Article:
1. Which of the following is/are the reason/s because of which the health insurance industry has witnessed growth?

A. The format of the policy has been improvised since its inception
B. Organizations provide health insurance cover to their employees as part of the remuneration process.
C. The process of settlement of claims has become less troublesome as compared to the time when it was first introduced.

a. Only B
b. Only A and C
c. Only C
d. All A, B and C

2. What step has the Central Government taken in terms of insurance for the poor?

a. The poor will have access to free health care insurance, the payment of premium for which will be shouldered by the central and state government in the ratio of 3:1 respectively.
b. The poor people belonging to a particular region will get group health care insurance cover of INR 30,000 per annum
c. The poor will be insured for a sum of INR 45,000 per annum
d. The government has devised special health care insurance policies for the poor wherein no premium needs to be paid either by the individual or the government.

3. Which of the following is/are the reason/s that health insurance policies were not popular in the beginning?

A. The process for settlement of claims was lengthy and tiresome.
B. The clauses in the policy were very difficult to understand.
C. There were no direct claim settlements with the hospitals.

a. Only B
b. Only A and C
c. only C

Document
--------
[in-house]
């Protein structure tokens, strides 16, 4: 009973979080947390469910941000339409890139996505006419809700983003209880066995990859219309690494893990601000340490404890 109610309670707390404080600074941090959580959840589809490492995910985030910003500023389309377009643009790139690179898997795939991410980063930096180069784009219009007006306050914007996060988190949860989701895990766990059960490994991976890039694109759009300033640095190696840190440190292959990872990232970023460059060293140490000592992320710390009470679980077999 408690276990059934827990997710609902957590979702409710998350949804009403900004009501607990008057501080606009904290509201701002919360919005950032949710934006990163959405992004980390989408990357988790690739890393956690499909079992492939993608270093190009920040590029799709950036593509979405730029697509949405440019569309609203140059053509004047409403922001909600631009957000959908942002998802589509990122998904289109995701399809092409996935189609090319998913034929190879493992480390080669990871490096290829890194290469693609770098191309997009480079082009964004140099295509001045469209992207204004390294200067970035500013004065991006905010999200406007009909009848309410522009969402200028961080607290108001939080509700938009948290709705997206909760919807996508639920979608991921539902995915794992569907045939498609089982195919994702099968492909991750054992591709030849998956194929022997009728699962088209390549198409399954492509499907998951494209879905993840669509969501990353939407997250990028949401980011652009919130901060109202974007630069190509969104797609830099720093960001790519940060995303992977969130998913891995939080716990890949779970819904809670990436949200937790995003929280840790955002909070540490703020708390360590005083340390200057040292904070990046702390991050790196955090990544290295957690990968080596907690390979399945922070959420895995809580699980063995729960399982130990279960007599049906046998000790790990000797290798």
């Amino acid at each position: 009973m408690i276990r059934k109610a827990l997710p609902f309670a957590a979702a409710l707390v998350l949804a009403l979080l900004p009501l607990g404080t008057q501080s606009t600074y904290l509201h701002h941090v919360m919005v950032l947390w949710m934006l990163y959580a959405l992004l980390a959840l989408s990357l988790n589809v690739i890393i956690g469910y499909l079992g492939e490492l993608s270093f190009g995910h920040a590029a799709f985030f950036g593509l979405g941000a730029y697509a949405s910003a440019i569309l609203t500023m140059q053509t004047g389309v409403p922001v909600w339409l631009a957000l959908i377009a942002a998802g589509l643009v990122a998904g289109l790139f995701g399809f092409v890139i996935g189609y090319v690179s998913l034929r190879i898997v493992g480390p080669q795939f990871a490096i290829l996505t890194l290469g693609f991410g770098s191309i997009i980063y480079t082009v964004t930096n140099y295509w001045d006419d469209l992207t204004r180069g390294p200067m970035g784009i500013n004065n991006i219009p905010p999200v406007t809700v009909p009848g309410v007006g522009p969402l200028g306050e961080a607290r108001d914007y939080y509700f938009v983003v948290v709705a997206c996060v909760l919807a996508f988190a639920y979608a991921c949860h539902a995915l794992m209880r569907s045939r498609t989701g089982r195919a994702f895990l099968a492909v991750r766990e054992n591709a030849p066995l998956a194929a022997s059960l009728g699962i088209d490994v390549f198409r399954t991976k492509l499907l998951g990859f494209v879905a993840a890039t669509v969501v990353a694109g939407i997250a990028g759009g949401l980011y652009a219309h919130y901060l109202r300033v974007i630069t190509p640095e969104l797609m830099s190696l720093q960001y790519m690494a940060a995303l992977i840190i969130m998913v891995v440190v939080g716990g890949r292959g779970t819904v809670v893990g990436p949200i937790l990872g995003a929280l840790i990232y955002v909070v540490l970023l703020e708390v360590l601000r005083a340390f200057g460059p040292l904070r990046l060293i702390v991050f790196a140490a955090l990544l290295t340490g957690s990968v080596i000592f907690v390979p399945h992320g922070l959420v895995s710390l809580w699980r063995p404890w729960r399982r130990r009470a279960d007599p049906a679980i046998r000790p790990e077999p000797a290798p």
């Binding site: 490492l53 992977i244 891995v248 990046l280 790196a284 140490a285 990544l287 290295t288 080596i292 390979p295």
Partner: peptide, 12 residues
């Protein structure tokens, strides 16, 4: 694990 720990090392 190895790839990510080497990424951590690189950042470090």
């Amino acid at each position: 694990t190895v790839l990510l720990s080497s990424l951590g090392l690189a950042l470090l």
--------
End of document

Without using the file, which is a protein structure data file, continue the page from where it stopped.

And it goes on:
d. All A, B and C

4. Which of the following is/are true in the context of the passage?

A. Private Hospitals fees can be easily afforded by the general public now as their earnings are significantly higher.
B. More people are now buying insurance policies as compared to almost two decade ago.
C. Insurance agencies initially allowed to independently sell life insurance policies only can also sell health insurance policies independently now.

a. Only B
b. Only A and C
c. only C
d. Only B and C

5. Which of the following is possibly the most appropriate title for the passage?

a. The Indian Health Insurance Industry – the Gradual Change
b. IRDA and its Functioning
c. Health Insurance vs. Life Insurance
d. Challenges Faced by the IRDA

6. What was the plight of senior citizens with respect to buying insurance cover prior to IRDA intervention?

A. Insurance agencies were unwilling to sell policies to them.
B. Clauses disadvantageous to senior citizens were included in the policies.
C. They had to pay higher premiums

a. Only A and C
b. Only A and B
c. Only A
d. All A, B and C

7. Which of the following are the recommendations of the Committee on Health Insurance for Senior Citizens?

A. Standardize wordings in the policy so as to avoid any misinterpretation.
B. Simplify language of the policy so that the common man can understand.
C. Policies of senior citizens may not be renewed.

a. Only A and C
b. Only A and B
c. Only A
d. Only B and C

8. Which of the following is not true in the context of the passage?

a. The general public now has a greater choice in selection of health insurance products since its inception
b. The number of private players in the insurance industry has gone up since 1986
c. The IRDA’s plan for ‘Micro insurance’ is for people who can easily afford insurance cover.
d. The business of insurance was neither initially nor very profitable


1. Option- d Self-explanatory
2. Option- a The poor will have access to free health care insurance, the payment of premium for which will be shouldered by the central and state government in the ratio of 3:1 respectively.
3. Option- d Self-explanatory
4. Option- d Self-explanatory
5. Option- a Self-explanatory
6. Option- d Self-explanatory
7. Option- b Self-explanatory
8. Option- c The IRDA’s plan for ‘Micro insurance’ is for people who can easily afford insurance cover